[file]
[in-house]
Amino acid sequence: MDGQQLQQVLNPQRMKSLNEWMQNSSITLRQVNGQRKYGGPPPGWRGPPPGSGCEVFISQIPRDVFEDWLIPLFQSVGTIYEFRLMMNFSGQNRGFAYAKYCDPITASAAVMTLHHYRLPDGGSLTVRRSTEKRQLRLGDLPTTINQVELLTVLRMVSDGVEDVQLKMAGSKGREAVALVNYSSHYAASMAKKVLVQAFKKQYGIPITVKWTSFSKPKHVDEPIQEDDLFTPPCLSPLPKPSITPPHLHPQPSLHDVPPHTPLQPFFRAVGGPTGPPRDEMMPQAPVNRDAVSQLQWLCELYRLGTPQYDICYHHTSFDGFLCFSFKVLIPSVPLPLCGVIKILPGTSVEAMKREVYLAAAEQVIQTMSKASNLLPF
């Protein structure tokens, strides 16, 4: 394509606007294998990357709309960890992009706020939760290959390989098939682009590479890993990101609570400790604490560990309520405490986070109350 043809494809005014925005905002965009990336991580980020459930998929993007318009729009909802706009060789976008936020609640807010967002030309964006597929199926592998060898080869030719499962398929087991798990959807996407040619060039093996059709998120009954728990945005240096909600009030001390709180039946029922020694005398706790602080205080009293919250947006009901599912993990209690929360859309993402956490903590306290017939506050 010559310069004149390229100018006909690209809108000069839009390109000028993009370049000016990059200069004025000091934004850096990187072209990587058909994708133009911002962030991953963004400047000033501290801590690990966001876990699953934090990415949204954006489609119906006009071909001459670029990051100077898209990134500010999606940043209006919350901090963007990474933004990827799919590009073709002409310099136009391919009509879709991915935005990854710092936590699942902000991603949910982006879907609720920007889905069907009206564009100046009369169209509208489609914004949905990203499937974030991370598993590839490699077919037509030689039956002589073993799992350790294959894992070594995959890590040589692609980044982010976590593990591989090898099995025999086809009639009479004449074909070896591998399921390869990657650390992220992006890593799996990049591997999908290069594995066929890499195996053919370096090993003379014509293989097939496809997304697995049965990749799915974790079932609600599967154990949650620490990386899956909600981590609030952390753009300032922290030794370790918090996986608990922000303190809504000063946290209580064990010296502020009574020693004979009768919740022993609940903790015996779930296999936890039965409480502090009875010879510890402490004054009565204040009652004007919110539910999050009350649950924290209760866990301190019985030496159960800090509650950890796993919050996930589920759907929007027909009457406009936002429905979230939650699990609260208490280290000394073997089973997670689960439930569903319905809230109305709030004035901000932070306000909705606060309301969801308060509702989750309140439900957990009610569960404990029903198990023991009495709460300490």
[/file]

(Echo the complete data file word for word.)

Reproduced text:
[in-house]
Amino acid sequence: MDGQQLQQVLNPQRMKSLNEWMQNSSITLRQVNGQRKYGGPPPGWRGPPPGSGCEVFISQIPRDVFEDWLIPLFQSVGTIYEFRLMMNFSGQNRGFAYAKYCDPITASAAVMTLHHYRLPDGGSLTVRRSTEKRQLRLGDLPTTINQVELLTVLRMVSDGVEDVQLKMAGSKGREAVALVNYSSHYAASMAKKVLVQAFKKQYGIPITVKWTSFSKPKHVDEPIQEDDLFTPPCLSPLPKPSITPPHLHPQPSLHDVPPHTPLQPFFRAVGGPTGPPRDEMMPQAPVNRDAVSQLQWLCELYRLGTPQYDICYHHTSFDGFLCFSFKVLIPSVPLPLCGVIKILPGTSVEAMKREVYLAAAEQVIQTMSKASNLLPF
């Protein structure tokens, strides 16, 4: 394509606007294998990357709309960890992009706020939760290959390989098939682009590479890993990101609570400790604490560990309520405490986070109350 043809494809005014925005905002965009990336991580980020459930998929993007318009729009909802706009060789976008936020609640807010967002030309964006597929199926592998060898080869030719499962398929087991798990959807996407040619060039093996059709998120009954728990945005240096909600009030001390709180039946029922020694005398706790602080205080009293919250947006009901599912993990209690929360859309993402956490903590306290017939506050 010559310069004149390229100018006909690209809108000069839009390109000028993009370049000016990059200069004025000091934004850096990187072209990587058909994708133009911002962030991953963004400047000033501290801590690990966001876990699953934090990415949204954006489609119906006009071909001459670029990051100077898209990134500010999606940043209006919350901090963007990474933004990827799919590009073709002409310099136009391919009509879709991915935005990854710092936590699942902000991603949910982006879907609720920007889905069907009206564009100046009369169209509208489609914004949905990203499937974030991370598993590839490699077919037509030689039956002589073993799992350790294959894992070594995959890590040589692609980044982010976590593990591989090898099995025999086809009639009479004449074909070896591998399921390869990657650390992220992006890593799996990049591997999908290069594995066929890499195996053919370096090993003379014509293989097939496809997304697995049965990749799915974790079932609600599967154990949650620490990386899956909600981590609030952390753009300032922290030794370790918090996986608990922000303190809504000063946290209580064990010296502020009574020693004979009768919740022993609940903790015996779930296999936890039965409480502090009875010879510890402490004054009565204040009652004007919110539910999050009350649950924290209760866990301190019985030496159960800090509650950890796993919050996930589920759907929007027909009457406009936002429905979230939650699990609260208490280290000394073997089973997670689960439930569903319905809230109305709030004035901000932070306000909705606060309301969801308060509702989750309140439900957990009610569960404990029903198990023991009495709460300490």